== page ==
Giles operates to maximum effect to see off Australia's Zen masters

This may yet prove to be true, but there is still a formidable amount of battling to be done here over the next day or so and in the soft light of last evening there was only one certainty.

It was that Ashley Giles had found the best of himself at the end of a week in which, for one dubious reason or another, he had displayed quite the opposite of that.

If triumphalism should grip him at this precariously premature stage of the series that could bring the first Ashes triumph in 18 years - it has, after all been a monotonous tendency of the English game when enjoying success against some of the weaker nations - it would be a grave pity. What Giles has to celebrate before any anticipation of the eventual rewards his fine work yesterday may bring to himself and his team is a little sober reflection on what it really meant.

Under immense pressure largely created by himself, he produced all of his ability to an optimum level.

He ridiculed the claims of his heaviest critics that his performance in the first Test at Lord's meant that the selectors would be saddling his team-mates with a passenger if they kept faith in him for this match.

Here he did, quite exactly, what he failed to do at Lord's. He won the respect of the Australian batsmen, a ferocious bunch who started the day so driven by an apparent need to match England's first-day scoring rate of 5.13 an over that had they been fighting bulls rather than cricketers they would surely have smashed their way through the nearest sightscreen. Matthew Hayden did the next best thing when he charged the first delivery he received, from Matthew Hoggard, and drilled it perfectly into the hands of Andrew Strauss.

At that point, Giles' skills of containing and maybe winkling out Australia, wherever they rested between the doubts of some critics and his own belief, seemed as if they might well stay in the margins of this second day. Australia seemed gripped by some dark imperative to self-destroy. However, soon enough that optimistic supposition was in ruins.

First Ricky Ponting, the Australia captain who had been keen enough to exploit any psychological damage caused by Giles' earlier flouncing, and then his young compatriot Michael Clarke, began to show the authority of Zen masters.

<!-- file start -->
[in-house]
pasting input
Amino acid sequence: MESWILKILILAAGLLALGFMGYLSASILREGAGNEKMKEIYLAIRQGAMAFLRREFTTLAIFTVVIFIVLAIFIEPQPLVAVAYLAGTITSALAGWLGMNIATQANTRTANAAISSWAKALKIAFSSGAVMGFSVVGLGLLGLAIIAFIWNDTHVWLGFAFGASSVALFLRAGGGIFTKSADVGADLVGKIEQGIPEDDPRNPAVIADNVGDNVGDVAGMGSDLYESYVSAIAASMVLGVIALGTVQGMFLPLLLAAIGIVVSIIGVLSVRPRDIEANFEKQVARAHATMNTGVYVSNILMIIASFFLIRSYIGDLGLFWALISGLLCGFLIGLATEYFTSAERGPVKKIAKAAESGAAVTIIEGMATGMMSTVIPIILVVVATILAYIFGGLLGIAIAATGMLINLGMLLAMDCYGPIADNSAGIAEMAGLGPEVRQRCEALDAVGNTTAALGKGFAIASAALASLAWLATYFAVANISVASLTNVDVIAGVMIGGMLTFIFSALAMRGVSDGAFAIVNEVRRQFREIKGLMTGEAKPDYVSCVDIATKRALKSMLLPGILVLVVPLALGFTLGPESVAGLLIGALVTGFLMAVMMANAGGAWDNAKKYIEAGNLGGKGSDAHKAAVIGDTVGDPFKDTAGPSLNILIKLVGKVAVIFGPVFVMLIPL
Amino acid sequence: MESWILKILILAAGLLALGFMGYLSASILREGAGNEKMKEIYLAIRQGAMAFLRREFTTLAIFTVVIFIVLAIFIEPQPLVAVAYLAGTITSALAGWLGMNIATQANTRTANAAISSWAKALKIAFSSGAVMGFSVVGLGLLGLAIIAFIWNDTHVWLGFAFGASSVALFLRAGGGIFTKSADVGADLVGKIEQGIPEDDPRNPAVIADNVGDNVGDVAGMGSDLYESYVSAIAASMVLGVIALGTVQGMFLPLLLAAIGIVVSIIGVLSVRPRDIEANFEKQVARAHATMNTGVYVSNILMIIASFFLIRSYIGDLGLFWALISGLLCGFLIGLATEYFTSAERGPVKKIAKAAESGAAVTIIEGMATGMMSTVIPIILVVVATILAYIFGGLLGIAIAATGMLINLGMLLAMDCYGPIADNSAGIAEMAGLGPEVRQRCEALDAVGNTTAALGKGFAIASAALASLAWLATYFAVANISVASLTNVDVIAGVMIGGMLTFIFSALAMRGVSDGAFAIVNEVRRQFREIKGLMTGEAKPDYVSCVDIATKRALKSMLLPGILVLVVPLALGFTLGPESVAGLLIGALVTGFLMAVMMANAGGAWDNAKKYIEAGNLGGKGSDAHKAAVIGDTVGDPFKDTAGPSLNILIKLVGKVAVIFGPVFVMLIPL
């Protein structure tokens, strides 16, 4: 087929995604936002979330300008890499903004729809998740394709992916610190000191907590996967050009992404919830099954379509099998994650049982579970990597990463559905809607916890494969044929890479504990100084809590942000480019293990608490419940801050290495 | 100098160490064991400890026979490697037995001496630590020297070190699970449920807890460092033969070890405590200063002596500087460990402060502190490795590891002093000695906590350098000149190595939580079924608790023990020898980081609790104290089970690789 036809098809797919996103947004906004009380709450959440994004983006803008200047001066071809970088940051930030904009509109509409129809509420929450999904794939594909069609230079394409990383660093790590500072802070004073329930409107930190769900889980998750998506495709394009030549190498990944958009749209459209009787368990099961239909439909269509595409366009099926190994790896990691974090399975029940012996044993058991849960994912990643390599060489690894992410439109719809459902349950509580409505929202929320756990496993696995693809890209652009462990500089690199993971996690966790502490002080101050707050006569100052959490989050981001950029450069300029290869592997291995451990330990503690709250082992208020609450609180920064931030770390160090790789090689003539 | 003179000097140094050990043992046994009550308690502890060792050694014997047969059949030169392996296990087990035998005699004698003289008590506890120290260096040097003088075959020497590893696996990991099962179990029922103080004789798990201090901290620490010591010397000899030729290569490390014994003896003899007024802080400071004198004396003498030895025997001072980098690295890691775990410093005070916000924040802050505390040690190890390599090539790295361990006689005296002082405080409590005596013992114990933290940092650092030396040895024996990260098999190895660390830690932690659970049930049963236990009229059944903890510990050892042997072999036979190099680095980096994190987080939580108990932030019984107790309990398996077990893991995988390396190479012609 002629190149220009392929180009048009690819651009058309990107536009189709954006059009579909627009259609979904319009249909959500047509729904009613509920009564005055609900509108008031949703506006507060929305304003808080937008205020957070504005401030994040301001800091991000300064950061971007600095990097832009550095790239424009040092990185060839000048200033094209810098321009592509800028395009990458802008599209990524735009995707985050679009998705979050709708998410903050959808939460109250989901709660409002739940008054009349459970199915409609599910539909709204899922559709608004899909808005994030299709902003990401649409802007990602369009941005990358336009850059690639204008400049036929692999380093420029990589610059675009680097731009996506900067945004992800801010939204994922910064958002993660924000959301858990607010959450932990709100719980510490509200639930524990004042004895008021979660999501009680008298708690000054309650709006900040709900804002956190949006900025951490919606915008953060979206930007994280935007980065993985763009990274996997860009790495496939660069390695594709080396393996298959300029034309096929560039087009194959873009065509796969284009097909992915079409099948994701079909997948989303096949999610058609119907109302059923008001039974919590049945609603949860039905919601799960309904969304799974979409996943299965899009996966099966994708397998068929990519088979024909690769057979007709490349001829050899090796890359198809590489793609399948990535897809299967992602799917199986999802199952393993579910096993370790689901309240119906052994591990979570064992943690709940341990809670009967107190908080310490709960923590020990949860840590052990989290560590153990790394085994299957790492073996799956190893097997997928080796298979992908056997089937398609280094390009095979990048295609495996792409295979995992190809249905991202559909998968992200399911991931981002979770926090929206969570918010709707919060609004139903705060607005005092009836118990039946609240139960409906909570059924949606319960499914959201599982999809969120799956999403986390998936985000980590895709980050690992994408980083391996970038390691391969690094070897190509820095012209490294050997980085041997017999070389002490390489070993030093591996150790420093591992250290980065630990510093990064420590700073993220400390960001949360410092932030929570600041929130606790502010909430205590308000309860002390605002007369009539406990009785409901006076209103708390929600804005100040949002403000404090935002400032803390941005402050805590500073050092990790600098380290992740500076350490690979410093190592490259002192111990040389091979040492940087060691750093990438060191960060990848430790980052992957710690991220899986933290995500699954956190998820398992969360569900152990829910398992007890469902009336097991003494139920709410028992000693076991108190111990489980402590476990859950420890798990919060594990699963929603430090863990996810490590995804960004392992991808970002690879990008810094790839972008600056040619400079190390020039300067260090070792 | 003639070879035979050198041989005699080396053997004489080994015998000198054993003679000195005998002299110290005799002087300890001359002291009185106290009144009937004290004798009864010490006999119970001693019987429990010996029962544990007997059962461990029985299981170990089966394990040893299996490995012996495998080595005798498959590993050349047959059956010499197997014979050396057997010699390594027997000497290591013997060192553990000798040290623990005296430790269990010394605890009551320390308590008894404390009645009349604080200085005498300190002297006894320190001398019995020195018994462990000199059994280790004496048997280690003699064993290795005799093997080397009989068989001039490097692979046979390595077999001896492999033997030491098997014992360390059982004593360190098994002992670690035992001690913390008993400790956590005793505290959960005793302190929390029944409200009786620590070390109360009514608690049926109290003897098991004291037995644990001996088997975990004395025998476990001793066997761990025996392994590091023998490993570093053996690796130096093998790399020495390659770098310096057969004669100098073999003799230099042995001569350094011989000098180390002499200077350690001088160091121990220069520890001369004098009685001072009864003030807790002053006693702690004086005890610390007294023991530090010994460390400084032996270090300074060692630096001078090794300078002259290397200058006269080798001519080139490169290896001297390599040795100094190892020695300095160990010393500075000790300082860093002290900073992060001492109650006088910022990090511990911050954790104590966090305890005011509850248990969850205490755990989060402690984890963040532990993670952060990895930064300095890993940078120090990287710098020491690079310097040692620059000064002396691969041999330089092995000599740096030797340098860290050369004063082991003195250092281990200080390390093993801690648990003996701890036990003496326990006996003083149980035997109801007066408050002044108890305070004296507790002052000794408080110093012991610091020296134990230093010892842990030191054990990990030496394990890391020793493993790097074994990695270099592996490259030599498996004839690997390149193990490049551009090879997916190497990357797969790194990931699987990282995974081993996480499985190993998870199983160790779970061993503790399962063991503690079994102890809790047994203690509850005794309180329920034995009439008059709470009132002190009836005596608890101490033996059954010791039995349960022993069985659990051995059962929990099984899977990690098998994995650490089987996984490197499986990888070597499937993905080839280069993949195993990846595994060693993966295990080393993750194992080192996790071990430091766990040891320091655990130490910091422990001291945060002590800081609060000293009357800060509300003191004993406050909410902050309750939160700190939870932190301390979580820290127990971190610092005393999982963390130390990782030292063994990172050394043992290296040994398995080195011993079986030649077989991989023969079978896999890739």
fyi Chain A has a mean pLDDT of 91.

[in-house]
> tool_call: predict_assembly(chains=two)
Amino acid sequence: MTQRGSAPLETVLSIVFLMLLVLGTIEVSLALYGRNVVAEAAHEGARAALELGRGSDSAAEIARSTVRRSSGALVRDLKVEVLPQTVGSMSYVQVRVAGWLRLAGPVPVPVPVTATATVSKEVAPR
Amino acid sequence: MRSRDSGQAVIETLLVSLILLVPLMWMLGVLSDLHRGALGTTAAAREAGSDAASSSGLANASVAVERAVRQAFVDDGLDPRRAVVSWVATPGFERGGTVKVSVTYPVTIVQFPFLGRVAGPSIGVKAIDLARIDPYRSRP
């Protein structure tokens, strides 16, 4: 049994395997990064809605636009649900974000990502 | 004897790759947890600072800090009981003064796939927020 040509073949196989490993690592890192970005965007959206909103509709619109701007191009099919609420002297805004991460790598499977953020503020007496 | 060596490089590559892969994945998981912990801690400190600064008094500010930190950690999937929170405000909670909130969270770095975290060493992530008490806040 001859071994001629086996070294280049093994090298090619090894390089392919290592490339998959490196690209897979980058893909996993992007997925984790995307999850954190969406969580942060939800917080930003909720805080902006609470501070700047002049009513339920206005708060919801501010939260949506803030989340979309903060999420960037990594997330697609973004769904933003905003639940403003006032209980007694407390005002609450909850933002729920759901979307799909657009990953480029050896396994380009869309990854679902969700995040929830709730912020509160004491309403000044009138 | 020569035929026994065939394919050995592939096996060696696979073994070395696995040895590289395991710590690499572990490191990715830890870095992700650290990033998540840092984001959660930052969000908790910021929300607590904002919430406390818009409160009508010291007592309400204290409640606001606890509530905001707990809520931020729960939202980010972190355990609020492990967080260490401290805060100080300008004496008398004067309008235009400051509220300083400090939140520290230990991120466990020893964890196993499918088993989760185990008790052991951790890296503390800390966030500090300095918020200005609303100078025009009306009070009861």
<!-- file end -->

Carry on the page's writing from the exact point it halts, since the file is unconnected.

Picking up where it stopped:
When Ponting dispatched Simon Jones for three straight drives to the boundary in the same over he seemed to be suggesting that England's first-day rampage to 407 all out would shrivel quickly enough in the afternoon sunshine.

But Ponting went for a mere 61 after the England captain Michael Vaughan had cunningly placed himself at backward square leg to pounce on a strangely irresolute shot from his rival. The ball was delivered by Giles. With Ponting gone, much depended on the ravishing touch and élan of Clarke, who was such a heavy influence on his side's crushing victory in the first Test.

Clarke was again batting beautifully, but when on 40, and in fearful English eyes maybe in the foothills of another game-changing innings, he was ambushed by a slightly quicker ball and caught, with stunning technical precision, by the critically beleaguered wicketkeeper Geraint Jones. Again the vital ball was delivered by Giles.

From him there had come none of the pyrotechnics of Shane Warne, none of that charging of the blood which accompanies displays of sporting genius. But then we know, and we thought Giles knew we knew, that he is not a sporting genius. He is a man who has had to work for his success every day of his professional life, and here on his home ground of Edgbaston he had the satisfaction of working harder, more resolutely than at hardly any other time in his career.

Here, on the day which might just prove to be the one that finally turned the tide, were Giles' details: 26 overs, two maidens, 78 runs and three wickets. Quite perfectly, the third wicket was Shane Warne. The greatest spinner the world has ever known came to the wicket maddened by the same furies which had inhabited Hayden, and there was Giles sending him back with a delivery of fine measurement. It was an ending of supreme satisfaction for the man who had endured a week of torment, one which might just inform the rest of his cricketing life.

What it can say to him, surely, is that his great strength will always be in his ability to play his game on his own terms and to the limit of his talent. He is not a Warne, and nor he is too adept at the business of sporting controversy. This was one which plagued his approach to one of the most important games of his career - and one which some thought had raised serious questions about his suitability against opponents as ruthless as these.

Have Giles and his team-mates finally shaken off the Australian yoke? There is some compelling evidence. Andrew Flintoff played with the ball on the second day as he did with the bat on the first, which is to say with great panache and natural aggression. Vaughan, for all his troubles with the bat, led with vigour and a sharp eye for an edge, and his running out of Damien Martyn was a crushing stroke.

But there, right at the end, was the sight of Warne once again ransacking his memory and producing an astonishing delivery to bowl Strauss around his legs. The Australians are down, and quite possibly out. But even on the day Ashley Giles re-made his professional profile, he couldn't really take anything for granted. He had played like a good professional. But Warne was something else, something on ground England still must tread.

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